• If you are afraid that you will not get your laptop back or the data on it is so sensible (and providing you have made a backup before) you can delete the entire disk remotely (arrow 2)!
  • The last button is not so much for a case of theft, as much more useful if you do not remember where you placed your notebook.
    Click the “Play Sound” Button and the MacBook will play a very loud sound, so you can follow the lovely voice of your Mac to find it (maybe under a pile of folders or in dirty clothes).

Third party services

The above features are all part of the standard OS X and come without extra charges from Apple. They cover already quite a large range of functions to protect your data and help you finding your Mac in case of theft.

Nevertheless there are services offered by third parties, that go beyond these functions.

I would like to give you a quick overview, what’s out there and go a little deeper in what I opted for.

iSight camera pictures
Track location
External IP address
Send message
Sound alarm
Lock Device
$49 one-time fee
Free (basic account)

Basically there are three popular services that cover extended functions that might help you finding the thief of your Macbook.

All three of these businesses offer the following extended feature set:

  • iSight camera
    The Buildin iSight camera takes periodically pictures of whatever is in front of it. In the case of theft, it is most likely our thief enjoying your Mac. Smile thief, you are on camera! :-) These picture helps the authorities to find that bad guy, maybe he is even already known to them.

  • Screenshots
    Similar to the camera feature, every few minutes a screenshot is taken, which will show sooner or later, the identity of our “new friend”. He/She will likely use Email, Facebook, Twitter, Skype or so on and use his/her accounts for that.

  • Location tracking
    That’s basically the same information as Apple’s “Find my Mac” features. But these services are also meant for Non-Apple users, so it’s a good thing to have it.


Hidden does one more thing, though. It logs the keyboard.

This way you might get even passwords from the thief, which gives you even more opportunities to get hold of him/her.

Hidden understand itself literally as a service and charges a monthly fee.
They consider that fee so low that they actually charge you annually. The more computers you sign up, the cheaper it gets for each of them. If you have a large amount of computers to protect, this might a service for you to consider.


Undercover covers the same features as Hidden and adds again one more: the external IP address.

The company behind it follows more a licence model, so you need to buy a licence for each computer. It starts at $49 one-time fee for a single computer and gets cheaper the more you buy.


Prey is an open source project.

Therefor the basic account is for free!

It covers the same features as the others - besides key logging - and adds

  • “Send message”,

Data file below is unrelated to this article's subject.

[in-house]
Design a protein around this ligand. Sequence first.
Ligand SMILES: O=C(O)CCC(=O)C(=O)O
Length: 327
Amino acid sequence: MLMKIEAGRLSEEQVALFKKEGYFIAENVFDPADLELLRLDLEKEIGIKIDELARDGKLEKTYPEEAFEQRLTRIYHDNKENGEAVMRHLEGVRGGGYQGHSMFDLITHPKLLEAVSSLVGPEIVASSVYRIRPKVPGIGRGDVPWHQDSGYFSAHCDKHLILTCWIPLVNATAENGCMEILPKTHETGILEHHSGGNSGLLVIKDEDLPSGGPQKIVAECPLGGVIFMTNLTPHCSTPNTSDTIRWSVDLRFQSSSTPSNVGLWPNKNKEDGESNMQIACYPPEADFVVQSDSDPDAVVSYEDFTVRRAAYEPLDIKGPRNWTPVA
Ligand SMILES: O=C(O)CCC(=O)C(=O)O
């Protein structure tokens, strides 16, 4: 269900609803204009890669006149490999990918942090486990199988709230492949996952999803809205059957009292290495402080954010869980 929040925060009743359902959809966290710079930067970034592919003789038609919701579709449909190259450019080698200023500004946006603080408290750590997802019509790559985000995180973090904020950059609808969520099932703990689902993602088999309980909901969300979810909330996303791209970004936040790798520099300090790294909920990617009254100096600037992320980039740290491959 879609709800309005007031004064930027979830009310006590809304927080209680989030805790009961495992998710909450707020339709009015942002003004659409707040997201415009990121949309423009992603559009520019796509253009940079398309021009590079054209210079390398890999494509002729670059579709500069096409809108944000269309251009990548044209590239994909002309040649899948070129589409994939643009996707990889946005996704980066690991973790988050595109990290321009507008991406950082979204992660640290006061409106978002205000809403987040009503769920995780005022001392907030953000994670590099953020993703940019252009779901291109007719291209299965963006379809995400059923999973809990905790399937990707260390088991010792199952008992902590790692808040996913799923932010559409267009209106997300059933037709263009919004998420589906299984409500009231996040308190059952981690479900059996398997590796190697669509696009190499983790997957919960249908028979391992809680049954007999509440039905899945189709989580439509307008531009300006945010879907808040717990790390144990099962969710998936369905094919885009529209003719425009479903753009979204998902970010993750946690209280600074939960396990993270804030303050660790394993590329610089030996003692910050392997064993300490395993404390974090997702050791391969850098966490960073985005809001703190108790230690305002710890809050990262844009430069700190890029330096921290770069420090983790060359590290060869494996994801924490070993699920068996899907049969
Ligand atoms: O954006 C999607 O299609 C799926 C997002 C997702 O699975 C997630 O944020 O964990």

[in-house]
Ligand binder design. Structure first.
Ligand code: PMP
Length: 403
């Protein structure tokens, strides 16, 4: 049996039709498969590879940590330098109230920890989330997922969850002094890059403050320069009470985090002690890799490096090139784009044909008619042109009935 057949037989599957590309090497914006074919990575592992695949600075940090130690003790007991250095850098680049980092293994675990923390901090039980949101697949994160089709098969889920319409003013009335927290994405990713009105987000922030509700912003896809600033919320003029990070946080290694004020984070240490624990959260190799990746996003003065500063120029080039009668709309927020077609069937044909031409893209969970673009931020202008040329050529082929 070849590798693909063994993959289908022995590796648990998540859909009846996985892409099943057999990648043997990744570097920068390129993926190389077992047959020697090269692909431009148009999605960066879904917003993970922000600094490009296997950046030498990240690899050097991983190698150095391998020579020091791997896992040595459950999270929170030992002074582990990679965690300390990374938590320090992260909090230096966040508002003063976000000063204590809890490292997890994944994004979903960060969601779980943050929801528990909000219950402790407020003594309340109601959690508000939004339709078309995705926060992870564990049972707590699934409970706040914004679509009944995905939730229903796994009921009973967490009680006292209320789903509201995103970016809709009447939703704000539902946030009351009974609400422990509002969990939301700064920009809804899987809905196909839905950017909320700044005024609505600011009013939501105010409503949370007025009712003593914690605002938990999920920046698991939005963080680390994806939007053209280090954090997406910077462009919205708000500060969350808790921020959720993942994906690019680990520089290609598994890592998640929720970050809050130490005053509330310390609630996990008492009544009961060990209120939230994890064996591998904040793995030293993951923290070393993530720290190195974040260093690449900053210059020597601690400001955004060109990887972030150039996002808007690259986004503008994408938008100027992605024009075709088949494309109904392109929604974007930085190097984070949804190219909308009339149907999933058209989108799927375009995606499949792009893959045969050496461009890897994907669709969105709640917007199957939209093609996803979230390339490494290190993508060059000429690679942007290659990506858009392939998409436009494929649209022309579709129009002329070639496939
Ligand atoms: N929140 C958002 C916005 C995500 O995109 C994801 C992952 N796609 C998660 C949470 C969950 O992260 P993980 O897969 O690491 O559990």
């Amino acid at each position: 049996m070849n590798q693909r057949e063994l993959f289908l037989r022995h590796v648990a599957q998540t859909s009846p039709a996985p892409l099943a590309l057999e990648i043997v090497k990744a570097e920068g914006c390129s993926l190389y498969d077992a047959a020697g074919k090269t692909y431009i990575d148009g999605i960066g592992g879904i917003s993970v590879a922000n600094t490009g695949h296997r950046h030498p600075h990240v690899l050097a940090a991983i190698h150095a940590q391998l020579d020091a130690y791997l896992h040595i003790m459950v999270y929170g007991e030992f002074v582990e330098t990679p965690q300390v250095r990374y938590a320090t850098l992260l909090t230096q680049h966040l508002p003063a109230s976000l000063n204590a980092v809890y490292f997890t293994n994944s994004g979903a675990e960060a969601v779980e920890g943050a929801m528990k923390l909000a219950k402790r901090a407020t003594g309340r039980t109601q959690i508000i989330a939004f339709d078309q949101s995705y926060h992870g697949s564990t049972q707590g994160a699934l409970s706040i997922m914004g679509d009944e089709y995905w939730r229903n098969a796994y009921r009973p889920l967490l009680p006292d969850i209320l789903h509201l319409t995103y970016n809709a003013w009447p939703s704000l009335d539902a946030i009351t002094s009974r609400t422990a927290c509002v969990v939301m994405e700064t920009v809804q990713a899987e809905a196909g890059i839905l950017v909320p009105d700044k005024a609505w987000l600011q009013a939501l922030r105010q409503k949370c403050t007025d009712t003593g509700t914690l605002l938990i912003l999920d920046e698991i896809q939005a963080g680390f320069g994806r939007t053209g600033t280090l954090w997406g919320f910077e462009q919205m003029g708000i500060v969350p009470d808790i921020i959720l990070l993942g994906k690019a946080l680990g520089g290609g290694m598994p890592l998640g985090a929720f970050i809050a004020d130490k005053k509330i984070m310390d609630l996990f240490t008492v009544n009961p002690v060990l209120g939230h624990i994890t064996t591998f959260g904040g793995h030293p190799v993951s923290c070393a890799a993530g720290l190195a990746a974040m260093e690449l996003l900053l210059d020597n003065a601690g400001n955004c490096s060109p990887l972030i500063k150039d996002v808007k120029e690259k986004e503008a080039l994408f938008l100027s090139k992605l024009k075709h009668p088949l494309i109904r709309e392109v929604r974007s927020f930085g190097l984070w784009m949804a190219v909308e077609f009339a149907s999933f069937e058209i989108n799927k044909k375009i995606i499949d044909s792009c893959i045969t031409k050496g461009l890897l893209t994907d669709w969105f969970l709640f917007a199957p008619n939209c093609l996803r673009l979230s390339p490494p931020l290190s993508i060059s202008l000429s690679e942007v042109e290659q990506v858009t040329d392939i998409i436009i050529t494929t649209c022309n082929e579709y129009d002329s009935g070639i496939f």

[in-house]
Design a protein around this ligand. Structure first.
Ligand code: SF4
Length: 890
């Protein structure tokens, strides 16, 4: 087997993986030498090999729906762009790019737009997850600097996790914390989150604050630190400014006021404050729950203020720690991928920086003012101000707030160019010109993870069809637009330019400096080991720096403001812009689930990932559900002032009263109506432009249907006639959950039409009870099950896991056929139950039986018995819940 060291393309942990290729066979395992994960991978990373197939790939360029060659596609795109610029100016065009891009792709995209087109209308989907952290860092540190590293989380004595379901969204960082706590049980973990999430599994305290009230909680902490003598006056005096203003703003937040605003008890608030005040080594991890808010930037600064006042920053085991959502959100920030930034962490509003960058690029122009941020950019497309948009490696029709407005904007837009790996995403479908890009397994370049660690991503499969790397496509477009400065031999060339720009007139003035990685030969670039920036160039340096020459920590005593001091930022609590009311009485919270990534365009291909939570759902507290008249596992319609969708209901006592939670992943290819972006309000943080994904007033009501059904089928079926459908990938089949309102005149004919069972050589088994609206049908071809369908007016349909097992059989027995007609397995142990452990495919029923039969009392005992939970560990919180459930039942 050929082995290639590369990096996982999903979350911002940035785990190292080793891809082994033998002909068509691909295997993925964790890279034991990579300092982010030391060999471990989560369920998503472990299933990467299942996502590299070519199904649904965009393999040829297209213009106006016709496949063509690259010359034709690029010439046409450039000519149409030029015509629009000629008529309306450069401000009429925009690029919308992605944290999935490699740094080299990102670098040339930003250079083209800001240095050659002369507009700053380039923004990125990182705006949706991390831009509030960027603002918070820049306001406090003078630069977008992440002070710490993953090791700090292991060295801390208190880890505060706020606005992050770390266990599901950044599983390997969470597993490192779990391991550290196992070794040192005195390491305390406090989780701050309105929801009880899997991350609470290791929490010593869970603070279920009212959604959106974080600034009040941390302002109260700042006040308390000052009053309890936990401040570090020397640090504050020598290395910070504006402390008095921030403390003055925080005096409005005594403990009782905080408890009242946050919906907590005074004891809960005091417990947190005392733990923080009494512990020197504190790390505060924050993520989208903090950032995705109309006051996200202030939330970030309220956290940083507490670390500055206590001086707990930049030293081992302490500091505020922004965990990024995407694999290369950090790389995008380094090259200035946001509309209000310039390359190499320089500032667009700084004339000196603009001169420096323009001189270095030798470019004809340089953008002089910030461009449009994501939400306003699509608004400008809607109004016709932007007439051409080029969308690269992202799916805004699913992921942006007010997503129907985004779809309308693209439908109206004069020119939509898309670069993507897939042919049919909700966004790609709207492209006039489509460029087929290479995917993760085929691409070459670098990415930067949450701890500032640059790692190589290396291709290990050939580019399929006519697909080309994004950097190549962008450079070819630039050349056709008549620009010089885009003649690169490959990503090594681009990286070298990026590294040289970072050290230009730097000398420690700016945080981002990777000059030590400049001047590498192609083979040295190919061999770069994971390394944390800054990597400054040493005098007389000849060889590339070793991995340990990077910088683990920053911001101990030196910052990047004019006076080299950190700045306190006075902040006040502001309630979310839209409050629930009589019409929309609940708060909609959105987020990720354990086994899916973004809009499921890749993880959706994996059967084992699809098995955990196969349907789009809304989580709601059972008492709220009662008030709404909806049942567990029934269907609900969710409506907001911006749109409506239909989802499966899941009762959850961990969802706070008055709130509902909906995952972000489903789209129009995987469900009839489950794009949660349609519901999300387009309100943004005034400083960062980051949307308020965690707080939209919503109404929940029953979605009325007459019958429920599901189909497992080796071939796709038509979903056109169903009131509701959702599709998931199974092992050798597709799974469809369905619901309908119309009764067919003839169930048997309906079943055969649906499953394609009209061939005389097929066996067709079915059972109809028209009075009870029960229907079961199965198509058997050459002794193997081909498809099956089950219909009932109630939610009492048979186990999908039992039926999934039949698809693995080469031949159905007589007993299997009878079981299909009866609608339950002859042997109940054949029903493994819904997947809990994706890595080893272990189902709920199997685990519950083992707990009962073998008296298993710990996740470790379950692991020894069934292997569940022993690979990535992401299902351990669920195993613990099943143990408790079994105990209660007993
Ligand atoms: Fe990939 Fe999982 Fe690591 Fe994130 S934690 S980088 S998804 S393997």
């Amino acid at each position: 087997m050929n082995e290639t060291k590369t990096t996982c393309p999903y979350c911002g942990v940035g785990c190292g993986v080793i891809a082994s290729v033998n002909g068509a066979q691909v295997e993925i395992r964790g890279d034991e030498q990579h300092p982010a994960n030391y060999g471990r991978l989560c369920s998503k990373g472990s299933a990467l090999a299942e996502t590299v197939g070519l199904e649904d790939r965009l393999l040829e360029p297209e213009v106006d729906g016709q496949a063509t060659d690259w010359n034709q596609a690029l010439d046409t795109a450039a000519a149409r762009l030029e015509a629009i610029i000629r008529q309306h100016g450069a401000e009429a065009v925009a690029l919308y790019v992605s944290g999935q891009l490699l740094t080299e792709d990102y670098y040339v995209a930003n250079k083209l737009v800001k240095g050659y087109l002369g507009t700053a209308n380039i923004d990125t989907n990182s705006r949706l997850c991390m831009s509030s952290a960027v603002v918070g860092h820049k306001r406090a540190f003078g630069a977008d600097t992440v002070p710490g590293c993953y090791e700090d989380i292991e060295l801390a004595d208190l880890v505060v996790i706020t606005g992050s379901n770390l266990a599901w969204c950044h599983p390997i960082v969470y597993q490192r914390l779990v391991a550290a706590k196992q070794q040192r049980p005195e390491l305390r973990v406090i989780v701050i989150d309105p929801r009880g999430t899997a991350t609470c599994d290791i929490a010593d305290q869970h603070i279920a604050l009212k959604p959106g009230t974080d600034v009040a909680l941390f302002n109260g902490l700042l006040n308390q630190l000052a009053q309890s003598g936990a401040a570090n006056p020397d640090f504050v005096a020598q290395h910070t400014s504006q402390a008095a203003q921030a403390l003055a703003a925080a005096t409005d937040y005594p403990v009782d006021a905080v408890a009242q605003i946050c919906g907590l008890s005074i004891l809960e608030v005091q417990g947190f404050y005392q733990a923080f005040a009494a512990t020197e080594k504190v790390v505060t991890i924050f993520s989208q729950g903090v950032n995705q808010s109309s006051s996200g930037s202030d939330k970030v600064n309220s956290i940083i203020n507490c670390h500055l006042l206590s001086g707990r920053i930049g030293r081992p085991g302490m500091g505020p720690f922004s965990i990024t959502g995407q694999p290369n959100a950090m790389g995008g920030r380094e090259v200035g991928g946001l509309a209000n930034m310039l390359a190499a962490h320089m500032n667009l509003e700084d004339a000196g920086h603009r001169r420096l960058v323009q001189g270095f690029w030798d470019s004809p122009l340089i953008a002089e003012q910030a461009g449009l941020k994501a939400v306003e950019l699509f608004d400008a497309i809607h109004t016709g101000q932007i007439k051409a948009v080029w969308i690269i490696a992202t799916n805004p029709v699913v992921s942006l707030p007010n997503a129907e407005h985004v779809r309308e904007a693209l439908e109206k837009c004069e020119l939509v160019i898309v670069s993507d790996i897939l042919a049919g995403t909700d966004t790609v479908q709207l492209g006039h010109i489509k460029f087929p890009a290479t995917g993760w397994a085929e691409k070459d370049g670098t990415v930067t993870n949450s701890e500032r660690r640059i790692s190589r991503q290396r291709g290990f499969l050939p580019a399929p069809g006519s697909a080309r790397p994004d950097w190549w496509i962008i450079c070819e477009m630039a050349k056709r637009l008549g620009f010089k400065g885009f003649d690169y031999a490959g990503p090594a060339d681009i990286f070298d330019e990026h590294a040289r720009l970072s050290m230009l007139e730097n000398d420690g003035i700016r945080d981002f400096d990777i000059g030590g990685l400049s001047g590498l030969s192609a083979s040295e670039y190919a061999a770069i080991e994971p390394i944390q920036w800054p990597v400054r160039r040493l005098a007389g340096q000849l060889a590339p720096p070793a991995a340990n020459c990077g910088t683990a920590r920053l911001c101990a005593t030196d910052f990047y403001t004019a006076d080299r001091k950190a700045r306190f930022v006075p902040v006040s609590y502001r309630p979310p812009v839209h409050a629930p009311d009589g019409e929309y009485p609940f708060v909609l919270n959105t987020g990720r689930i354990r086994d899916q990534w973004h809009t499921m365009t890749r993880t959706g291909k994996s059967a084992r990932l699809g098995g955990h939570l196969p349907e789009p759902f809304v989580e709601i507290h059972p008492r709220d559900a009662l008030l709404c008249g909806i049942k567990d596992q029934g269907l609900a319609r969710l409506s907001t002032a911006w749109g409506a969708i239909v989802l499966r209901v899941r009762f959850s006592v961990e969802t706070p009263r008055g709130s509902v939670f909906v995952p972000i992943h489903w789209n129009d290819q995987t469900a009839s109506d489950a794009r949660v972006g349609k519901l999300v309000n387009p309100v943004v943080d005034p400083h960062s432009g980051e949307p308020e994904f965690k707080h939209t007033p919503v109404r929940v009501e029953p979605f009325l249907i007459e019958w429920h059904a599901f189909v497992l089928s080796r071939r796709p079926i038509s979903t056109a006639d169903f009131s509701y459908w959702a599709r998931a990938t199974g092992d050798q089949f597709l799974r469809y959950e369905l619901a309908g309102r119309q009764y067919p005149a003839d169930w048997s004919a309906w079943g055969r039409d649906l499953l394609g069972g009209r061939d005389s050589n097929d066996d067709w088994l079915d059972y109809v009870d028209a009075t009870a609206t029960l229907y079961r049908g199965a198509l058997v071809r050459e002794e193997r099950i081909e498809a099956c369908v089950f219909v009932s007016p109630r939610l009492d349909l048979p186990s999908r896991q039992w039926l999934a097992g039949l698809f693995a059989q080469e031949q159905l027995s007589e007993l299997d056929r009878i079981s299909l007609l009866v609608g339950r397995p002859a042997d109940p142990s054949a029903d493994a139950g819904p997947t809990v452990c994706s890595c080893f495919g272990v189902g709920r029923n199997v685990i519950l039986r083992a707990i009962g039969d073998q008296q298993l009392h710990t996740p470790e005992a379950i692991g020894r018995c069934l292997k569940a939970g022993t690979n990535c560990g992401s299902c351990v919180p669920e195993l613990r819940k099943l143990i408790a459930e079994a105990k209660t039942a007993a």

• “Lock Device” and
  • “Sound alarm”.

The latter two are - again - known from Apple, but “Send Message” can be useful, if you think your MacBook is not stolen, but lost. Then there is a chance that there is an honest finder, reading your message, where to return the notebook.

Prey in use

It doesn’t take a genius to guess that I opted for Prey.

For me the extra information from the iSight camera, Screenshots and external IP address are very useful and come in case of Prey for free.

Once you sign up with Prey, you download and install a client app. Which runs invisible in the background (you can’t even see it in the task manager of your Mac) waiting for you to activate it.

It won’t send any data to Prey’s servers before!

For the purpose of showing you what you get, when the worst case scenario actually happens, I pretended to have my MacBook stolen.

Prey's main screen
Prey's main screen | Source

The screenshot above showns you the overview screen of Prey after you logged in.

Very similar to Apple’s “Find my Mac” you see a map with the last known location of your MacBook and a timestamp when this was reported.

In the lower left corner you will find three button for the before mentioned functions “Sound alarm”, “Send message” and “Lock device”.

Once you “reported” your device as stolen, a signal will be send to your Mac and it will start collecting data and sending a complete report every 5 minutes. That is the fast setting within the free account.

Below you can see the details of such a report.

Prey's missing device report 1/3
Prey's missing device report 1/3 | Source

Beside Device and owner name, there is a date for “missing since” and this particular report and a pin on the map, where it was at the time of this report.

Prey's missing device report 2/3
Prey's missing device report 2/3 | Source

When you scroll down in the report, you will see the Photo taken by the iSight camera and the screenshot and a list of all Wireless networks within reach of the Mac at the time of the report.

The information about signal strength are particular helpful for the police as it allows them to triangulate the exact position very accurate.

Prey's missing device report 3/3
Prey's missing device report 3/3 | Source

Last but not least the report ends with the IP addresses from the gateway that was used at the time and the private and public address.


If you follow all these advices and set your MacBook up accordingly, you only have to get the Kensington Lock Adapter. Everything else is for free.

It will decrease the likelihood of your notebook stolen in the first place, increase the safety of your data and enable yourself and the police to retrieve both if the worst happens to you.

So, there is no excuse!

If you know any other service or tools that could help in this matter, I would love to see them in the comments below.

© 2014 TheAndy